Bush Warbler is the Bird Telling the Spring in Japan, isn’t it?


Bush Warbler (Uguisu, ウグイス) is the Bird Telling the Spring in Japan, isn’t it?

Yes, it’s well know as the bird that tells the arrival of spring in Japan, but the bird in the picture is a Japanese white-eye (Mejiro, メジロ). Bush warblers are really cautious, so you can rarely see them even when you can hear them.


Strike Witches,Mejiro,Japanese white-eyes

(C)2007 第501統合戦闘航空団

Japanese white-eyes are about 12cm long, and are know as the symbol of spring just like bush warblers. They have a white circle around each eye, a green back, and dark-brown feathers. It is written as “目白” (Mejiro, めじろ) in kanji.
“目” means an eye, and
“白” means white.

On the contrary, bush warblers don’t have any features around their eyes and their color is light brown. The colors are completely different between these two birds, but not many Japanese people know that. There are three reasons for this:

  • Although both birds sing around the same time, you can only see Japanese white-eyes, as bush warblers are cautious and are hiding. People confuse them when they hear bush warblers and they see Japanese white-eyes on the branch of a tree.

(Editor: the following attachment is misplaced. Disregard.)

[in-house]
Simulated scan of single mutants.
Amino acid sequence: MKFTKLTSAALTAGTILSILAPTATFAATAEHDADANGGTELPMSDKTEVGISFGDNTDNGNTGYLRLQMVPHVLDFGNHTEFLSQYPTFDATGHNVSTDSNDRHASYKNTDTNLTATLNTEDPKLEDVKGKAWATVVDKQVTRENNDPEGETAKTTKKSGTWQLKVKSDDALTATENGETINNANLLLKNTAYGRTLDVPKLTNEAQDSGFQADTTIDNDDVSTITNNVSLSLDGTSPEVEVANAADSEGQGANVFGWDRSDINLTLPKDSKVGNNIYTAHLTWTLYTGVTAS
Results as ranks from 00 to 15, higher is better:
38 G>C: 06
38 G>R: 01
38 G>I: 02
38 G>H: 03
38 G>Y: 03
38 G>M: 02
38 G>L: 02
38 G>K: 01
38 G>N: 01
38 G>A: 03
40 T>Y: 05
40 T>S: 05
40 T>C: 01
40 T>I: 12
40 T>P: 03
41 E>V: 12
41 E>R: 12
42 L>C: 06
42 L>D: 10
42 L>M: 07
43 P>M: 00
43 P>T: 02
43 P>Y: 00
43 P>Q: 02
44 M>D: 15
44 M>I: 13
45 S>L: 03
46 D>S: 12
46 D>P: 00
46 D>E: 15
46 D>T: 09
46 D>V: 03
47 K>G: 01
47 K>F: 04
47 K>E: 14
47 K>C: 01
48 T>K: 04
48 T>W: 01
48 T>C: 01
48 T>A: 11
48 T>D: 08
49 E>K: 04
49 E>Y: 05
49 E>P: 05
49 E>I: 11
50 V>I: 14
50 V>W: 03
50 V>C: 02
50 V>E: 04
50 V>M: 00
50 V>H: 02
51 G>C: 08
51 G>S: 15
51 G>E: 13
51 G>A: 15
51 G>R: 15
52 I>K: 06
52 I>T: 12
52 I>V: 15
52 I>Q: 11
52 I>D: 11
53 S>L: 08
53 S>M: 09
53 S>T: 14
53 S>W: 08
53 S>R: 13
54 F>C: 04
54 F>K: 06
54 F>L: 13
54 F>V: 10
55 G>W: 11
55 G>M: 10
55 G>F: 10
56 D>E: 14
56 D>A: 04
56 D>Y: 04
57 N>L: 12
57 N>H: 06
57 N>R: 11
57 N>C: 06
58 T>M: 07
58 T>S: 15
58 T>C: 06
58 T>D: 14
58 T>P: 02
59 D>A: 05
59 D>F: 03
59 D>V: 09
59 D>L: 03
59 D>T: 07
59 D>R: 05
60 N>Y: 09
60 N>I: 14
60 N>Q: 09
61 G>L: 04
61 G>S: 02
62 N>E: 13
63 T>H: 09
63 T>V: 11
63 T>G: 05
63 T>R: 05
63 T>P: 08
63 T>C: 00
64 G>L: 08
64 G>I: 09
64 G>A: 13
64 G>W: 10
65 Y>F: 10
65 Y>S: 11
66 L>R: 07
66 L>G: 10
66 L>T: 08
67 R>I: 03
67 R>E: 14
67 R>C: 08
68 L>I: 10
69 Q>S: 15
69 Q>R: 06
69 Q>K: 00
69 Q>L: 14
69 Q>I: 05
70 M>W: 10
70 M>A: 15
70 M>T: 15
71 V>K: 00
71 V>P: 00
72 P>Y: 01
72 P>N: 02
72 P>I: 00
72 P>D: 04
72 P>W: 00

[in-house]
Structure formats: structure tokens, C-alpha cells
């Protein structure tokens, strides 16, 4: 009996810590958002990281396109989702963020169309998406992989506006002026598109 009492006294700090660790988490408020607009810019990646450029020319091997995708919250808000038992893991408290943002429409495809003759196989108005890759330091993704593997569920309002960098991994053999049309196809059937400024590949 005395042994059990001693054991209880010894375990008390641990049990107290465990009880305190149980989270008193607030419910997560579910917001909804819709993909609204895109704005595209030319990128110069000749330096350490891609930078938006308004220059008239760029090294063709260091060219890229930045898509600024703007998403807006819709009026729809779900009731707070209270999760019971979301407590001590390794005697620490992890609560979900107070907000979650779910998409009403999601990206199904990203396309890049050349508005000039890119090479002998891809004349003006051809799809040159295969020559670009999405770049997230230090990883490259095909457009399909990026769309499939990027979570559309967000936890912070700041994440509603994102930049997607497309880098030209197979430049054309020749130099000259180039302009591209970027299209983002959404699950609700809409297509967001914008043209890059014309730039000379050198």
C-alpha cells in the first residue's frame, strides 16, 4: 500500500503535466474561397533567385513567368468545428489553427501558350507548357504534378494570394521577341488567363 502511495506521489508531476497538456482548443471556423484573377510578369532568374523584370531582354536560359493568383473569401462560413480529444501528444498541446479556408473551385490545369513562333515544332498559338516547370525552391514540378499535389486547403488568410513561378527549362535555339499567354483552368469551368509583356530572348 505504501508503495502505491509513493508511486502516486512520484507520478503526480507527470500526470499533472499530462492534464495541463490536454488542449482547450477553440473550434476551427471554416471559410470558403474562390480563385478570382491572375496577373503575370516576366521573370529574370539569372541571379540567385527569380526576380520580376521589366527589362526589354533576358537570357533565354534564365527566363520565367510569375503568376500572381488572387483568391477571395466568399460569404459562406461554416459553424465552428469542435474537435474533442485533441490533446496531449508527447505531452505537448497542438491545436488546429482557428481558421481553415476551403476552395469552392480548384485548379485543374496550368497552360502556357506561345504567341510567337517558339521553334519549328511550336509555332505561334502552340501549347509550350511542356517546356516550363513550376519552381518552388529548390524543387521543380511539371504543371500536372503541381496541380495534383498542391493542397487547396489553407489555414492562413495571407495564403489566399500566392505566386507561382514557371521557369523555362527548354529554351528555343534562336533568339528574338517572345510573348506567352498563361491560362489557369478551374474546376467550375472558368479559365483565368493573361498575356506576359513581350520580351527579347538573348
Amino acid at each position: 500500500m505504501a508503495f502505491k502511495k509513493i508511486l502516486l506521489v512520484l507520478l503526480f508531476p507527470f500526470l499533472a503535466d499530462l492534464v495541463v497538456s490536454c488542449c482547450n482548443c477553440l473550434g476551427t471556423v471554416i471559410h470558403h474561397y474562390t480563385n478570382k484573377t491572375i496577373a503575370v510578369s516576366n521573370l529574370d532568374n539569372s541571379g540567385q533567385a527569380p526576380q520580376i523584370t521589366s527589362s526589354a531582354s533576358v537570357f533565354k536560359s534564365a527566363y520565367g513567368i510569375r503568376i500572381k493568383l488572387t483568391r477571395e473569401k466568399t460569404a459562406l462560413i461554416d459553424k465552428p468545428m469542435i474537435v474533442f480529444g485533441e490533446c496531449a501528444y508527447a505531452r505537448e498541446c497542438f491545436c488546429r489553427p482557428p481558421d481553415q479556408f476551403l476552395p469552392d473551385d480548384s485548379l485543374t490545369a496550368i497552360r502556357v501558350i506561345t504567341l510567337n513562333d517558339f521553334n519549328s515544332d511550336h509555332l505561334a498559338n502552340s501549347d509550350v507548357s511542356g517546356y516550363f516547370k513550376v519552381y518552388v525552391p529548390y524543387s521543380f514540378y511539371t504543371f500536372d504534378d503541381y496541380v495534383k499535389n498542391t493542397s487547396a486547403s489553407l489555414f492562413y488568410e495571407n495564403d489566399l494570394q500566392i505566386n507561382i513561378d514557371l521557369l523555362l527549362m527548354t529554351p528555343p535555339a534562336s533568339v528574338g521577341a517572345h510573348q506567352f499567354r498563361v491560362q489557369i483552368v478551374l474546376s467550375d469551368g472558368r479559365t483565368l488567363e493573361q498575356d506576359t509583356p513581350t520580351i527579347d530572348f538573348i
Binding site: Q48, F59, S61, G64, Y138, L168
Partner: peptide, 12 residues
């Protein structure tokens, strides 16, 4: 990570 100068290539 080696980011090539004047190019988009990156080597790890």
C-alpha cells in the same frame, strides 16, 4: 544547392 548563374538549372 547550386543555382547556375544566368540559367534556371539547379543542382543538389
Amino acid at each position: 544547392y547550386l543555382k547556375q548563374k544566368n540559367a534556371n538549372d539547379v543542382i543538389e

• In Japan, there is a color called “uguisu-iro” (“color of bush warblers”); however, it is not light brown like bush warblers, but grayish olive green like Japanese white-eyes.
  • Bush warblers are drawn in light brown in Japanese-style paintings, but in Japanese playing cards, they are drawn in light green. And the same with Japanese confectionery, as light green is more appetizing than light brown.

Either way, they are both birds that tell us spring has come. When they appear, you can tell that the scene takes place in March or April.

There is an idiom “目白押し” (Mejiro Oshi, めじろ おし) in Japanese. Japanese white-eyes have a habit of sitting on the branches together as if pushing each other. This expression is derived from this behavior, meaning a lot of things are lining up really closely without any gaps.

Now you’ve read this article, you probably know more than a normal Japanese person would.



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